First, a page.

Because of the complicated nature of rationalist thinking, the nature of philosophy, and the understanding that humans are aware of knowledge available only through the use of rational thought, many of the great philosophers from antiquity laid down the foundation for rationalism though they themselves weren’t rationalists as we understand the concept today.

Pythagoras was one of the first Western philosophers to stress rationalist insight.[20] He is often revered as a great mathematician, mystic and scientist, but he is best known for the Pythagorean theorem, which bears his name, and for discovering the mathematical relationship between the length of strings on lute bear and the pitches of the notes. Pythagoras “believed these harmonies reflected the ultimate nature of reality. He summed up the implied metaphysical rationalism in the words “All is number”. It is probable that he had caught the rationalist’s vision, later seen by Galileo (15641642), of a world governed throughout by mathematically formulable laws”.[20] It has been said that he was the first man to call himself a philosopher, or lover of wisdom,[21]

Plato also held rational insight to a very high standard, as is seen in his works such as Meno and The Republic. Plato taught on the Theory of Forms (or the Theory of Ideas)[22][23][24] which asserts that non-material abstract (but substantial) forms (or ideas), and not the material world of change known to us through sensation, possess the highest and most fundamental kind of reality.[25] Plato’s forms are accessible only to reason and not to sense.[20] In fact, it is said that Plato admired reason, especially in geometry, so highly that he had the phrase “Let no one ignorant of geometry enter” inscribed over the door to his academy.[26]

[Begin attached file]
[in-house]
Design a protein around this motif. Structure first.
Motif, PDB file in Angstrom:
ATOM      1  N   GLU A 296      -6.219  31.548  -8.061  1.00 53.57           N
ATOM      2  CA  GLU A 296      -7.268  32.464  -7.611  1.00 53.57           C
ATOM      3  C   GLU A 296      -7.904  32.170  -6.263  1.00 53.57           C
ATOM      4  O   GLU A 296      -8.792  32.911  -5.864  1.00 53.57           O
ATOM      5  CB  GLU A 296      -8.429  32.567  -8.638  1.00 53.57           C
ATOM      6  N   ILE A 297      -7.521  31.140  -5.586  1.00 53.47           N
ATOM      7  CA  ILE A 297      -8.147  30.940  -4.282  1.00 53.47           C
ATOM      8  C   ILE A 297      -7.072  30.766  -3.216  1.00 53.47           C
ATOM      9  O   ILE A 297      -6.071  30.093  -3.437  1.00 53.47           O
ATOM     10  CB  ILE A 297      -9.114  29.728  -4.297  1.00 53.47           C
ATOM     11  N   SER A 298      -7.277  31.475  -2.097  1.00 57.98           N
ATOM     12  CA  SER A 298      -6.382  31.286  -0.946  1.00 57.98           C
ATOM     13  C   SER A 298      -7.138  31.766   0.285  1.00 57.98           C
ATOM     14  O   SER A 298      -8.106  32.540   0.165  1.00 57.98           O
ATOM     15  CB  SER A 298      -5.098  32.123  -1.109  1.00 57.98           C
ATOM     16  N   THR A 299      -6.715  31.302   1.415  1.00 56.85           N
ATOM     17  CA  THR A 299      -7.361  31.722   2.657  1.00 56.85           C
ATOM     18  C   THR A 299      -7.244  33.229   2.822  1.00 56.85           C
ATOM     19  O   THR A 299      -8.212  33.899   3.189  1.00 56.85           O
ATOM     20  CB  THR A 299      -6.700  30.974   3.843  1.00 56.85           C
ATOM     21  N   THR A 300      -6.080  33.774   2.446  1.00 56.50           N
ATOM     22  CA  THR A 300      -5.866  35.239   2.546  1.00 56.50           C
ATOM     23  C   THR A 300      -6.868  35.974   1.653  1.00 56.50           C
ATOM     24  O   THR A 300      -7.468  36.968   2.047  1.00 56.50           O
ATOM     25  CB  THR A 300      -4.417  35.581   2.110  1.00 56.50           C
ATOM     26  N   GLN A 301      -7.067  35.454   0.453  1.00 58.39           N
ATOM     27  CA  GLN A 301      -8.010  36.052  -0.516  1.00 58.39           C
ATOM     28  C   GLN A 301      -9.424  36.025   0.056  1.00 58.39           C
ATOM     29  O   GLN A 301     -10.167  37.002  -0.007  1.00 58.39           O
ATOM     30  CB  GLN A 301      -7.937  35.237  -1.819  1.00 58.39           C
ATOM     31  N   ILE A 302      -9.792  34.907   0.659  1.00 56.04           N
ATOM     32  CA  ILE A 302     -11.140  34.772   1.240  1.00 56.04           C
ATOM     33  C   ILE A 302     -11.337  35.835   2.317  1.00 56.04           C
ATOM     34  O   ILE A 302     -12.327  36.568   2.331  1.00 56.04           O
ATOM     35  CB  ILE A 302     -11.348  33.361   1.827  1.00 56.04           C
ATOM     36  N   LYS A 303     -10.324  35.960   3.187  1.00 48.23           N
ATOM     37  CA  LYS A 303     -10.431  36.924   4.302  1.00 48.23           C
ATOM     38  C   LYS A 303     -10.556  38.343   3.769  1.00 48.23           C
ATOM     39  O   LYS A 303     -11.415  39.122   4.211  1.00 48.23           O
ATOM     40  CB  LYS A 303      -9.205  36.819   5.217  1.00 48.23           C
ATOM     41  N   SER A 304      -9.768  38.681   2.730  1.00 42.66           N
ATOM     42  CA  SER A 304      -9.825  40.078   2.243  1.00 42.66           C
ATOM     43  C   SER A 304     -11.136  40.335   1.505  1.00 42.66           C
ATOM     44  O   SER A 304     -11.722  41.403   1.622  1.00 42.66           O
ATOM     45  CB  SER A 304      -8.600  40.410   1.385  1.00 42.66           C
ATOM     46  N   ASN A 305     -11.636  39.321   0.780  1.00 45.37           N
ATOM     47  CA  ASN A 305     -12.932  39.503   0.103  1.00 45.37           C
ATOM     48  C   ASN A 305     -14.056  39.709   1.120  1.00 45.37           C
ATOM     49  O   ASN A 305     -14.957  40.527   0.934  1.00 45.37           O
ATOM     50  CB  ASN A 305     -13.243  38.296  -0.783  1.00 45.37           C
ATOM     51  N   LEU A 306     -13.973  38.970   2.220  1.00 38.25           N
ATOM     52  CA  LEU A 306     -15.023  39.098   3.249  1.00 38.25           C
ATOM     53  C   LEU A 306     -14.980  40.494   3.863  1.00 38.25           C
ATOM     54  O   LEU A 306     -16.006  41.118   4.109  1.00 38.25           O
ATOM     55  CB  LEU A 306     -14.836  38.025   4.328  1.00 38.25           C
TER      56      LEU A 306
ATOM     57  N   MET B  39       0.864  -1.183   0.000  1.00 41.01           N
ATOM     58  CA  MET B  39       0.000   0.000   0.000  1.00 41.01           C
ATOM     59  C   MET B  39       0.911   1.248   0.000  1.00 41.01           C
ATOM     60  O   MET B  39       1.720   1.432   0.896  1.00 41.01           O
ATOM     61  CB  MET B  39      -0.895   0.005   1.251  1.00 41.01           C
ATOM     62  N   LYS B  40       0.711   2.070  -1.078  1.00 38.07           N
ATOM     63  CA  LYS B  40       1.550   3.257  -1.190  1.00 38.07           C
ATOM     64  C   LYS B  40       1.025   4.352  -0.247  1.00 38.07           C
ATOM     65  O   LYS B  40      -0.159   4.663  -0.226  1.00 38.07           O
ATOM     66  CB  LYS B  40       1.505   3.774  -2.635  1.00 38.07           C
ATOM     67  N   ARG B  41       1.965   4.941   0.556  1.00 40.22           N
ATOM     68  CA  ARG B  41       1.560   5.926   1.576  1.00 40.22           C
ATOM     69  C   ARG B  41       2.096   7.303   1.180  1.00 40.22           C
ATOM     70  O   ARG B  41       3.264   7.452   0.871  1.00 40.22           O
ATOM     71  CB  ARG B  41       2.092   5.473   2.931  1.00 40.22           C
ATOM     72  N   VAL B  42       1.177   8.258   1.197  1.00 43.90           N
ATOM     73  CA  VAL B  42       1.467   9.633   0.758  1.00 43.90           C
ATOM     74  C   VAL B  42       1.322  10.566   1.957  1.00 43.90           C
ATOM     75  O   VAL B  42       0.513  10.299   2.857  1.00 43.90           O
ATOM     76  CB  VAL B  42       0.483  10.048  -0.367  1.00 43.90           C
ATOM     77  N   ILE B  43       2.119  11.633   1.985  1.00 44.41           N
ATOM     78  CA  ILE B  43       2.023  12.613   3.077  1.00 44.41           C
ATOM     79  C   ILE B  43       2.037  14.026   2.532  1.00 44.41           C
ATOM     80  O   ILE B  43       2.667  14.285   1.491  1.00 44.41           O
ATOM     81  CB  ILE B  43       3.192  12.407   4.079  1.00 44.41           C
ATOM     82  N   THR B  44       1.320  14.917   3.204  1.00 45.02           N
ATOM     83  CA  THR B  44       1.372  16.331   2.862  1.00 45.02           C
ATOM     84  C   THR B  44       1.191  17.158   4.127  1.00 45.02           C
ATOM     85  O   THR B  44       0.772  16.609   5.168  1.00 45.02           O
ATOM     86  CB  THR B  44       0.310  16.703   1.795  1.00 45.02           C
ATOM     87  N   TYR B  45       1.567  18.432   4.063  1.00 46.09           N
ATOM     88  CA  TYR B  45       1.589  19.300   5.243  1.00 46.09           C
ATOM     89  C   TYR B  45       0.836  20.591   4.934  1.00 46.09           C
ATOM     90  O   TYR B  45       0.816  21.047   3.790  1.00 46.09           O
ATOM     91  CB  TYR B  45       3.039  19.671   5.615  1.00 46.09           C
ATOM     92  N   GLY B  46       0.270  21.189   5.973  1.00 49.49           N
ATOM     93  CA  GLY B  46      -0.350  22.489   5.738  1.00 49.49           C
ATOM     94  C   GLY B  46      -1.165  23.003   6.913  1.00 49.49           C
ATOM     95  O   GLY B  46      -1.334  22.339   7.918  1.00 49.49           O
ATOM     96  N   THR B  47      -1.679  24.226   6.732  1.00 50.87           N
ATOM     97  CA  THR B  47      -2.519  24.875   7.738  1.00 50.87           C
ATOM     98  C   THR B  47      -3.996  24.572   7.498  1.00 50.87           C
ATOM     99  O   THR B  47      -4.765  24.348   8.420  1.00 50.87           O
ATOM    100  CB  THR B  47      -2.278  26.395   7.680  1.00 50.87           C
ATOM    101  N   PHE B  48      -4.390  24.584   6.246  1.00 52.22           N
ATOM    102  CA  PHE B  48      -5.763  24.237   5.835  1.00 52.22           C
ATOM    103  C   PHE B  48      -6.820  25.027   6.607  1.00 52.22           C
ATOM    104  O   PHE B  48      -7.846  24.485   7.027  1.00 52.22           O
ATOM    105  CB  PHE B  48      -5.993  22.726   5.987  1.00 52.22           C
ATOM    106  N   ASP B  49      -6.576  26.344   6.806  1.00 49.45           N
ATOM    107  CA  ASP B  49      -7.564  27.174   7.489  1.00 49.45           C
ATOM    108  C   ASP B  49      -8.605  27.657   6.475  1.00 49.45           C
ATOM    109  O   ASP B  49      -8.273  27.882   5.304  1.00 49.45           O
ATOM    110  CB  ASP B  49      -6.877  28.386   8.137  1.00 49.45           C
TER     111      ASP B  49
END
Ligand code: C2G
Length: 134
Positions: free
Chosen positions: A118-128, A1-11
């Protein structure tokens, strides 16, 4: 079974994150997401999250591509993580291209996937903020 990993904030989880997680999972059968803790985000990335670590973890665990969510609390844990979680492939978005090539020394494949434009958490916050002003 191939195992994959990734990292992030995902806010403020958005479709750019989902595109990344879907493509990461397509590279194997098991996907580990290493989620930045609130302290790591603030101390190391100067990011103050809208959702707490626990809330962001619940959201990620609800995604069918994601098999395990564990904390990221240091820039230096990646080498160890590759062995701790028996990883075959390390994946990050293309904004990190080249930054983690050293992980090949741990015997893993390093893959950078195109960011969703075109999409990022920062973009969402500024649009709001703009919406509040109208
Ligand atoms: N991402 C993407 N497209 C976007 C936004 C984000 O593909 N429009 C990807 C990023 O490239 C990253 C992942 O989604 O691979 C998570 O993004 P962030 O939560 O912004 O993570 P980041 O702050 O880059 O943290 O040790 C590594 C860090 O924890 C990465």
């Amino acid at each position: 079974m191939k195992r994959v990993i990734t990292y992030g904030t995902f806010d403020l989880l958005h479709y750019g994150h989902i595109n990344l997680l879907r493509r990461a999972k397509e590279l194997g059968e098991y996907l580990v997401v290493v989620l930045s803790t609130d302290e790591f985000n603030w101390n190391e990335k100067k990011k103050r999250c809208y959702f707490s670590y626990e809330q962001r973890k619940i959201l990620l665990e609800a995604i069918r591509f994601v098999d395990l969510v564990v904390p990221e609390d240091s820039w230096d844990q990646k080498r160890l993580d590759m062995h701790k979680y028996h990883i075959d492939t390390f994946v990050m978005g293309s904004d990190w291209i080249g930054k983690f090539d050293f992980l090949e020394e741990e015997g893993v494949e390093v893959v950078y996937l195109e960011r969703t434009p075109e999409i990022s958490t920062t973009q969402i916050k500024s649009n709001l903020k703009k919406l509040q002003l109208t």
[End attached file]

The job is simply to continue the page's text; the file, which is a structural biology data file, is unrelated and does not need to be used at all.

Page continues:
Aristotle has a process of reasoning similar to that of Plato’s, though he ultimately disagreed with the specifics of Plato’s forms. Aristotle’s great contribution to rationalist thinking comes from his use of syllogistic logic. Aristotle defines syllogism as “a discourse in which certain (specific) things having been supposed, something different from the things supposed results of necessity because these things are so.”[27] Despite this very general definition, Aristotle limits himself to categorical syllogisms which consist of three categorical propositions in his work Prior Analytics.[28] These included categorical modal syllogisms.[29]